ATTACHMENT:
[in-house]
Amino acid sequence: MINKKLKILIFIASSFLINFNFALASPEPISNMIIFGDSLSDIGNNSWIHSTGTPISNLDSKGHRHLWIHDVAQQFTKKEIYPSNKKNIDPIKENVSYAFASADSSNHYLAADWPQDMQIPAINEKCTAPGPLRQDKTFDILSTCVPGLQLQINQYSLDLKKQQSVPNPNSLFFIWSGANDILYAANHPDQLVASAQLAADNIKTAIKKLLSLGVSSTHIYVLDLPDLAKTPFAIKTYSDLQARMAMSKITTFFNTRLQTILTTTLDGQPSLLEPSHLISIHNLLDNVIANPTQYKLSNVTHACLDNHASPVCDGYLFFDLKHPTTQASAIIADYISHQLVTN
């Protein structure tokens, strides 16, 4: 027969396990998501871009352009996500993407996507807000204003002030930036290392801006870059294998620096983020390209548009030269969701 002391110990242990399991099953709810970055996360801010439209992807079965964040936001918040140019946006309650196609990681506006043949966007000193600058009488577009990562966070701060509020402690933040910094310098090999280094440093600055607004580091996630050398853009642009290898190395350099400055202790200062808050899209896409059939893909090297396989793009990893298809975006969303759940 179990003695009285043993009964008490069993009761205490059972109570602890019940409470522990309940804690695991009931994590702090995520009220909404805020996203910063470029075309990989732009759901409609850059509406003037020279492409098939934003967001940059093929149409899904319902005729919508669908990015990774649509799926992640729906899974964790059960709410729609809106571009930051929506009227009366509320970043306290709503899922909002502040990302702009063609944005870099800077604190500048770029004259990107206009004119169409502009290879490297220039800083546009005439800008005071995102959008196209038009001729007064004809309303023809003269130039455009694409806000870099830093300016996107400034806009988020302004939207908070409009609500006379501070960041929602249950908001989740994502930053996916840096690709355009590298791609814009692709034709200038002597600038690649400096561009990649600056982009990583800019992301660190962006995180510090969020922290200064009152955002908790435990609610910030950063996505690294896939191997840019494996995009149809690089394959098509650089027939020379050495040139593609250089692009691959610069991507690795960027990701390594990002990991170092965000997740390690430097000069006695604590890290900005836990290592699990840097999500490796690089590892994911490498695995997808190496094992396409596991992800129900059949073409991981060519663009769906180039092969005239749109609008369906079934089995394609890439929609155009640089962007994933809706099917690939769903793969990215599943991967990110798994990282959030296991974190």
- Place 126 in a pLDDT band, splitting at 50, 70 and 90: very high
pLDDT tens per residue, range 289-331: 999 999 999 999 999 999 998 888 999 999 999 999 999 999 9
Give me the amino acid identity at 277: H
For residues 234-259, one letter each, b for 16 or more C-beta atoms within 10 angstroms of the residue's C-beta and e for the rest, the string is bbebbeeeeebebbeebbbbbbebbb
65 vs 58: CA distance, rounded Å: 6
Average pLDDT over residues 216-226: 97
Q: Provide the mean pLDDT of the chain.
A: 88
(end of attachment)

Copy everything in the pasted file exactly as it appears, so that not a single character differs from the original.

[in-house]
Amino acid sequence: MINKKLKILIFIASSFLINFNFALASPEPISNMIIFGDSLSDIGNNSWIHSTGTPISNLDSKGHRHLWIHDVAQQFTKKEIYPSNKKNIDPIKENVSYAFASADSSNHYLAADWPQDMQIPAINEKCTAPGPLRQDKTFDILSTCVPGLQLQINQYSLDLKKQQSVPNPNSLFFIWSGANDILYAANHPDQLVASAQLAADNIKTAIKKLLSLGVSSTHIYVLDLPDLAKTPFAIKTYSDLQARMAMSKITTFFNTRLQTILTTTLDGQPSLLEPSHLISIHNLLDNVIANPTQYKLSNVTHACLDNHASPVCDGYLFFDLKHPTTQASAIIADYISHQLVTN
């Protein structure tokens, strides 16, 4: 027969396990998501871009352009996500993407996507807000204003002030930036290392801006870059294998620096983020390209548009030269969701 002391110990242990399991099953709810970055996360801010439209992807079965964040936001918040140019946006309650196609990681506006043949966007000193600058009488577009990562966070701060509020402690933040910094310098090999280094440093600055607004580091996630050398853009642009290898190395350099400055202790200062808050899209896409059939893909090297396989793009990893298809975006969303759940 179990003695009285043993009964008490069993009761205490059972109570602890019940409470522990309940804690695991009931994590702090995520009220909404805020996203910063470029075309990989732009759901409609850059509406003037020279492409098939934003967001940059093929149409899904319902005729919508669908990015990774649509799926992640729906899974964790059960709410729609809106571009930051929506009227009366509320970043306290709503899922909002502040990302702009063609944005870099800077604190500048770029004259990107206009004119169409502009290879490297220039800083546009005439800008005071995102959008196209038009001729007064004809309303023809003269130039455009694409806000870099830093300016996107400034806009988020302004939207908070409009609500006379501070960041929602249950908001989740994502930053996916840096690709355009590298791609814009692709034709200038002597600038690649400096561009990649600056982009990583800019992301660190962006995180510090969020922290200064009152955002908790435990609610910030950063996505690294896939191997840019494996995009149809690089394959098509650089027939020379050495040139593609250089692009691959610069991507690795960027990701390594990002990991170092965000997740390690430097000069006695604590890290900005836990290592699990840097999500490796690089590892994911490498695995997808190496094992396409596991992800129900059949073409991981060519663009769906180039092969005239749109609008369906079934089995394609890439929609155009640089962007994933809706099917690939769903793969990215599943991967990110798994990282959030296991974190």
- Place 126 in a pLDDT band, splitting at 50, 70 and 90: very high
pLDDT tens per residue, range 289-331: 999 999 999 999 999 999 998 888 999 999 999 999 999 999 9
Give me the amino acid identity at 277: H
For residues 234-259, one letter each, b for 16 or more C-beta atoms within 10 angstroms of the residue's C-beta and e for the rest, the string is bbebbeeeeebebbeebbbbbbebbb
65 vs 58: CA distance, rounded Å: 6
Average pLDDT over residues 216-226: 97
Q: Provide the mean pLDDT of the chain.
A: 88